Trouser Issues: Cuffs & Rolls


A reader recently posed the following question to me:

I’d like to ask your opinion on something — do rolled-up/cuffed pants make legs look longer, or shorter? I’m 5′ 7″ and started rolling up the bottom of my jeans/pants to look like a cuff, but was told it made my legs look shorter. (All the pants are pretty slim cut.) On the other hand, I’ve heard people say rolling up pants, sometimes even to the point where you can see skin/sock between pants and shoe, makes legs look longer.

I found this to be both an interesting and timely question.  I’ve been seeing more rolled pants out on the street, some done well and others less so.  When it looks good, this style can convey a classic and casual ease.  Rolled khakis, paired with loafers, a washed oxford cloth button down, repp tie and blue blazer is about as Americana as you can get.  Substitute cuffed khakis and the look is more dressed up but looses none of its inherent appeal.

Rolled jeans are a different story, principally because cuffing jeans is just wrong.  I’ve never seen it and hope I never do.  Jeans traditionally have a simple narrow hem and rolling them can create a nice casual effect.  You can quite easily evoke a 1950’s James Dean vibe or a seaside clam digging feel.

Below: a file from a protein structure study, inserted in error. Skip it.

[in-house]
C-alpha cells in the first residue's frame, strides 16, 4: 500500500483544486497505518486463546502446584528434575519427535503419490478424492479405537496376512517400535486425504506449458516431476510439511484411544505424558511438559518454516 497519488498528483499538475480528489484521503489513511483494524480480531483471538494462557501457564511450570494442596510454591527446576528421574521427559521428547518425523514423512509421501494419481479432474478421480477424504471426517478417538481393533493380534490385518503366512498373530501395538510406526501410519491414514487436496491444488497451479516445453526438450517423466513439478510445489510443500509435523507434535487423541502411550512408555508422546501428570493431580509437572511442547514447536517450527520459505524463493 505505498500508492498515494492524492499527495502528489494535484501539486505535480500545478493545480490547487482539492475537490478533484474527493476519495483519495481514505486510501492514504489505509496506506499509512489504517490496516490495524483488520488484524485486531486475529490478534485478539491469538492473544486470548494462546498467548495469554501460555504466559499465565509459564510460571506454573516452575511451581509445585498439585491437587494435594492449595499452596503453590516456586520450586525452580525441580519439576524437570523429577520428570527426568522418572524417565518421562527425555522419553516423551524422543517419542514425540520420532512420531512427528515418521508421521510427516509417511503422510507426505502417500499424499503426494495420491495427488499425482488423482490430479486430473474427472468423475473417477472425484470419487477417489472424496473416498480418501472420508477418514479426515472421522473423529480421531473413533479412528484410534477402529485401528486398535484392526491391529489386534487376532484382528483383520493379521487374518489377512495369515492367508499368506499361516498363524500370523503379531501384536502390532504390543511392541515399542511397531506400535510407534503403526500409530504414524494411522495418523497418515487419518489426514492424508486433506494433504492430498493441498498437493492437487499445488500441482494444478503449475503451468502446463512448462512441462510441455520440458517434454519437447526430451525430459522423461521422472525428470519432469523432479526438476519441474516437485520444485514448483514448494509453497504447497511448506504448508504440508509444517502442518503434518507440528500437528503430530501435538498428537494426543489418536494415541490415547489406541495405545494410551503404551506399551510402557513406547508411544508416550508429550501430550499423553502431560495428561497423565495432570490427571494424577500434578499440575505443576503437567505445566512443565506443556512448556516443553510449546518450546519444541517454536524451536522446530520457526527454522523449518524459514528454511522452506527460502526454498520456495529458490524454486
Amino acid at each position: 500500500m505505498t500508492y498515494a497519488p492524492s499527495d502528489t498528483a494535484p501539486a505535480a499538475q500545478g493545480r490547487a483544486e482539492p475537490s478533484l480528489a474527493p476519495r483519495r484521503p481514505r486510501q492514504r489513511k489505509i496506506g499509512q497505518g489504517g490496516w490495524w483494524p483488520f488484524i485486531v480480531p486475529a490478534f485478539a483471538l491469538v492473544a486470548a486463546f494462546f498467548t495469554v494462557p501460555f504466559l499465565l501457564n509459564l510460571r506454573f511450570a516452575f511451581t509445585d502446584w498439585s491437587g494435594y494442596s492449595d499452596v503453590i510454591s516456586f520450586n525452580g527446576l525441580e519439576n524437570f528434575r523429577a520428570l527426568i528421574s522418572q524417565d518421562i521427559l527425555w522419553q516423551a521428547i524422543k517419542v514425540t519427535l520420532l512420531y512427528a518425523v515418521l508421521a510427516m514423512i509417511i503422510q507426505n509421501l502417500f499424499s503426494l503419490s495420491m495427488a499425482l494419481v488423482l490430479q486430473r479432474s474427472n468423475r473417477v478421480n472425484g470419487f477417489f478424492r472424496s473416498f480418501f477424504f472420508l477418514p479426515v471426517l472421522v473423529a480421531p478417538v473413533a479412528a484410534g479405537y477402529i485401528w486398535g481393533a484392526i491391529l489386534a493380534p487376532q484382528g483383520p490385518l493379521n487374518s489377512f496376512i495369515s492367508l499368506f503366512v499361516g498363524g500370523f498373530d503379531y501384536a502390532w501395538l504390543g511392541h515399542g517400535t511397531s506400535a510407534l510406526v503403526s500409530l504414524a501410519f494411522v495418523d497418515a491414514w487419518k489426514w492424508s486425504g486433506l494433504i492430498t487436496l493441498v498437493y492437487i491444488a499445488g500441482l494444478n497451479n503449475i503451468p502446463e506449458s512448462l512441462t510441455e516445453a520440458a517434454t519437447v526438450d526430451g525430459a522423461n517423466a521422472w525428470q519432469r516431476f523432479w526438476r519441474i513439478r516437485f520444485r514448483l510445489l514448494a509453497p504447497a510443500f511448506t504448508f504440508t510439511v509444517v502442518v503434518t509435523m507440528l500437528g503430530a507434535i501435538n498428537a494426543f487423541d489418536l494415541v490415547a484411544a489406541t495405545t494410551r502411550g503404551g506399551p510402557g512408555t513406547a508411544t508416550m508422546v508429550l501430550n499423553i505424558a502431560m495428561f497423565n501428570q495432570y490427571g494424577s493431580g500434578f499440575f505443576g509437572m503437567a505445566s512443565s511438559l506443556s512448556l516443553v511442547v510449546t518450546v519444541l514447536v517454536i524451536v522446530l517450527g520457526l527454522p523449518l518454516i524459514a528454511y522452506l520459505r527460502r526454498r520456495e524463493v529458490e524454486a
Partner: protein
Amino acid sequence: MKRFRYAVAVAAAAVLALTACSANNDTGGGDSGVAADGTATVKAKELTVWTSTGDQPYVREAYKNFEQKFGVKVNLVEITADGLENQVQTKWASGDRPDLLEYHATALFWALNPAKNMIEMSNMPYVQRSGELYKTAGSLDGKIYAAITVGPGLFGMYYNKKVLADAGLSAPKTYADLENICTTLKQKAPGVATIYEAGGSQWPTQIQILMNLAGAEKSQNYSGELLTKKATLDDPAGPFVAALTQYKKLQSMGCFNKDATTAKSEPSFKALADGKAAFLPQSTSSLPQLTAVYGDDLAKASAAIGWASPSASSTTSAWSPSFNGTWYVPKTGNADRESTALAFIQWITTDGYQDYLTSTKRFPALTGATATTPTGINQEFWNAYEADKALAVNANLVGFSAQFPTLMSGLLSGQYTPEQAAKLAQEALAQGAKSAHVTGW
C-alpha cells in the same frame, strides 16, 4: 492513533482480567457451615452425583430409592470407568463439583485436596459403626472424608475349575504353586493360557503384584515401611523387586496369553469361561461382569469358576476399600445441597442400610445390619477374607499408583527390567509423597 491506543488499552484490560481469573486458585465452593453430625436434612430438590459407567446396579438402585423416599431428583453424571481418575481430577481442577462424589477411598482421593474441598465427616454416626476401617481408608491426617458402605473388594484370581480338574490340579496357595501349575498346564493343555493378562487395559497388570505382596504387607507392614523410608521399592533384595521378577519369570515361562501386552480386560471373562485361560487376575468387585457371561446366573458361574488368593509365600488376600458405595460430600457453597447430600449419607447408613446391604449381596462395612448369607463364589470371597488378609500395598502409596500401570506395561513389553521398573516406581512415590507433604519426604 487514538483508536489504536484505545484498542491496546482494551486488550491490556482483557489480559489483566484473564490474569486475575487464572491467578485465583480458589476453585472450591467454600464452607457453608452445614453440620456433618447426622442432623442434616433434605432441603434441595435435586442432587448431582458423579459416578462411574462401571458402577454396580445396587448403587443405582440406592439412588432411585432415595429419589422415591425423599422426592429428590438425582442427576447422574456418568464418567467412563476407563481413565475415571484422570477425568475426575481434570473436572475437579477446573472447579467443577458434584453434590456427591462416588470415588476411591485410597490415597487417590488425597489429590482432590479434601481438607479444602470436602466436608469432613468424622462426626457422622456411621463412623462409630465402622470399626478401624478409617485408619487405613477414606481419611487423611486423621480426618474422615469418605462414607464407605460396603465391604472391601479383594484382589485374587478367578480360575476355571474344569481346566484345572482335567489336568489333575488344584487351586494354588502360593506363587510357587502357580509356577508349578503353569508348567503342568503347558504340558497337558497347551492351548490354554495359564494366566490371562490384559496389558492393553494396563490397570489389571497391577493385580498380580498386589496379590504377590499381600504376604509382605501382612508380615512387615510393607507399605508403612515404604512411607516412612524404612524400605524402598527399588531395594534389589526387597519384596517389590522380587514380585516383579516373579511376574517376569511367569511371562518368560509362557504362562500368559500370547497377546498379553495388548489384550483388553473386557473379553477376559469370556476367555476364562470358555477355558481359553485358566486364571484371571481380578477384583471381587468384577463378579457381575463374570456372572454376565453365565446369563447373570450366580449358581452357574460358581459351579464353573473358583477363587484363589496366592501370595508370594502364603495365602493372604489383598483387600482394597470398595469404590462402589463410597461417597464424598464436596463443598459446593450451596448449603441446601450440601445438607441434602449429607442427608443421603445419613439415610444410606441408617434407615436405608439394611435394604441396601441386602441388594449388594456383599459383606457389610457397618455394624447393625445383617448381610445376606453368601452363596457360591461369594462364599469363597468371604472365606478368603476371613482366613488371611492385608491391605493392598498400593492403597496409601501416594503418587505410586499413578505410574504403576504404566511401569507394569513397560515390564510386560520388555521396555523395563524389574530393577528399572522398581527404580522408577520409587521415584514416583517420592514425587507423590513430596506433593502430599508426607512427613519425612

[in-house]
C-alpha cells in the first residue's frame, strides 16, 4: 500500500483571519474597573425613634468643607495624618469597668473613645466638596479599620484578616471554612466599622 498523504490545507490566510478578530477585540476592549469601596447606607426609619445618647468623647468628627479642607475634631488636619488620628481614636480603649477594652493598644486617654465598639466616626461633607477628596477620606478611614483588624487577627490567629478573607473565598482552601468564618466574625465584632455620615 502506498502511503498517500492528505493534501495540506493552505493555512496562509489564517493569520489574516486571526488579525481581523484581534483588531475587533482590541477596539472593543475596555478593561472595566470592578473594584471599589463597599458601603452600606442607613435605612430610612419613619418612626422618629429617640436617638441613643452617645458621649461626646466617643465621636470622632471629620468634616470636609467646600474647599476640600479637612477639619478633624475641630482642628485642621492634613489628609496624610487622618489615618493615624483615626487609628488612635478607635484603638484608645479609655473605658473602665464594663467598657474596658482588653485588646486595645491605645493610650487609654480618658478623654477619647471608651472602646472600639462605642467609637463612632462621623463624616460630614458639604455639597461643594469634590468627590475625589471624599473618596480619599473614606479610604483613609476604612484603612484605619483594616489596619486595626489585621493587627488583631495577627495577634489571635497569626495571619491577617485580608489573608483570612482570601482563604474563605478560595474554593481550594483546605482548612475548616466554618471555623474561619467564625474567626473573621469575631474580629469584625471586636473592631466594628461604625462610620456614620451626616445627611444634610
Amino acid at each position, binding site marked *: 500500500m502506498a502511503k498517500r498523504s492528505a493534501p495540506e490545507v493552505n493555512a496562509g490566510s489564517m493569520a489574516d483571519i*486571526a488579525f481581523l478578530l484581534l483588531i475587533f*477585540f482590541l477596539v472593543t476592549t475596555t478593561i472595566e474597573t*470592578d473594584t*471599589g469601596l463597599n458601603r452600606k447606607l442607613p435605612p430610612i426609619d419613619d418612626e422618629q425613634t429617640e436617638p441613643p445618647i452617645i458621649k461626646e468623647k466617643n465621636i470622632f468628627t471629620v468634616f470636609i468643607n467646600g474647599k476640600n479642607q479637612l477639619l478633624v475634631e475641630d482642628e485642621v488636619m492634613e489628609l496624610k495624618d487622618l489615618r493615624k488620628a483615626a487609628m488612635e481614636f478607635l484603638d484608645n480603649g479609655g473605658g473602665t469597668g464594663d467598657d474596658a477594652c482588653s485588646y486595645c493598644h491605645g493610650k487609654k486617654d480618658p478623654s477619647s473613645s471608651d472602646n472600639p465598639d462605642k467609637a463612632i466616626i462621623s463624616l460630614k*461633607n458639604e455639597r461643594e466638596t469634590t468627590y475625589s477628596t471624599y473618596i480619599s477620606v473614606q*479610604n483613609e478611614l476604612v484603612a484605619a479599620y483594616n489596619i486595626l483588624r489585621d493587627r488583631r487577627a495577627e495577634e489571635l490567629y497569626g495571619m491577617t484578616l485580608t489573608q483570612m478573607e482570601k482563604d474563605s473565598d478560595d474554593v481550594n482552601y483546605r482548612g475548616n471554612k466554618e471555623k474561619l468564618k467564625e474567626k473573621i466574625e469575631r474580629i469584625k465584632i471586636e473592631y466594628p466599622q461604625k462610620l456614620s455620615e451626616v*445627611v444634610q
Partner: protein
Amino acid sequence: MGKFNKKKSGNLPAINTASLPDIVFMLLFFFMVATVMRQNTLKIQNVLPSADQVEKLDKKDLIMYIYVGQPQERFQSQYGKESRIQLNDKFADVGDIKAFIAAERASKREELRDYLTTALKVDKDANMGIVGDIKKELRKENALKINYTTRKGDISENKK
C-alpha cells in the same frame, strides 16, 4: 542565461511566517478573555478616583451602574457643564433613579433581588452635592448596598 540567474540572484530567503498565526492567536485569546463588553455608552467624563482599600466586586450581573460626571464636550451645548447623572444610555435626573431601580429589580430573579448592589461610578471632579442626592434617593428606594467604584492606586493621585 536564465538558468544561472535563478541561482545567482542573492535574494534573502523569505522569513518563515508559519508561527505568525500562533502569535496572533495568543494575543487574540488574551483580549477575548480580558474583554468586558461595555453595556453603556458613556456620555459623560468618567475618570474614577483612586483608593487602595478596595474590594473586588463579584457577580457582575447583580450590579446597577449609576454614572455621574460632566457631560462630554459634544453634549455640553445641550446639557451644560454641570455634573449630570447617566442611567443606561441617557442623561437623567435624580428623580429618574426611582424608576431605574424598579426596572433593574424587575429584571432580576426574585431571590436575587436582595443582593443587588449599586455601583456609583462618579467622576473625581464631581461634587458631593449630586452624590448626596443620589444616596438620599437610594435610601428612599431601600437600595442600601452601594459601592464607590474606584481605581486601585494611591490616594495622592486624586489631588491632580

When it come to the effect on height, in most cases rolled-up pants can have the same visual impact as cuffed pants.  Cuffed pants have a more defined bottom than un-cuffed and therefore give the trousers a clearer visual start/stop line. On shorter men this can sometimes create the impression of shorter legs, especially with a wide leg or heavy break that leaves the pant leg puddling around one’s ankle.

The same can be said of rolled pants, especially when the pants are already too long.  Once rolled up they look like little life preservers tied around the wearers’ feet.  However, in both cases – cuffs or roll-ups – when the pants are trimmer and the length properly chosen, the look can be nicely neutral regardless of one’s height.

On taller men, the same problem of puddling can hold true, though the impact is less severe.  It is also easier for tall men to accentuate their height by tailoring their pants with no break or even having them cut slightly too short.  As my reader correctly points out the exposure of a little sock or ankle implies height via the leg being longer than the pants.  This is a very tricky thing to pull off though, and can come across as an affectation

The same holds for rolled pants, but whether short or tall, make sure that the roll is only one or two folds deep at the most.  Unless you are specifically trying to capture that walking-along-the-beach-at-the-Cape look, you want the roll to be neat and hold its shape.  Personally, I try and avoid it looking too manicured and perfect; if I really want a cuff, I should go see a tailor.


Chris Hogan, an association executive based in Washington, D.C., blogs at A lifelong interest in style and clothing led to sales and management positions at several Ralph Lauren stores and an active wardrobe consulting practice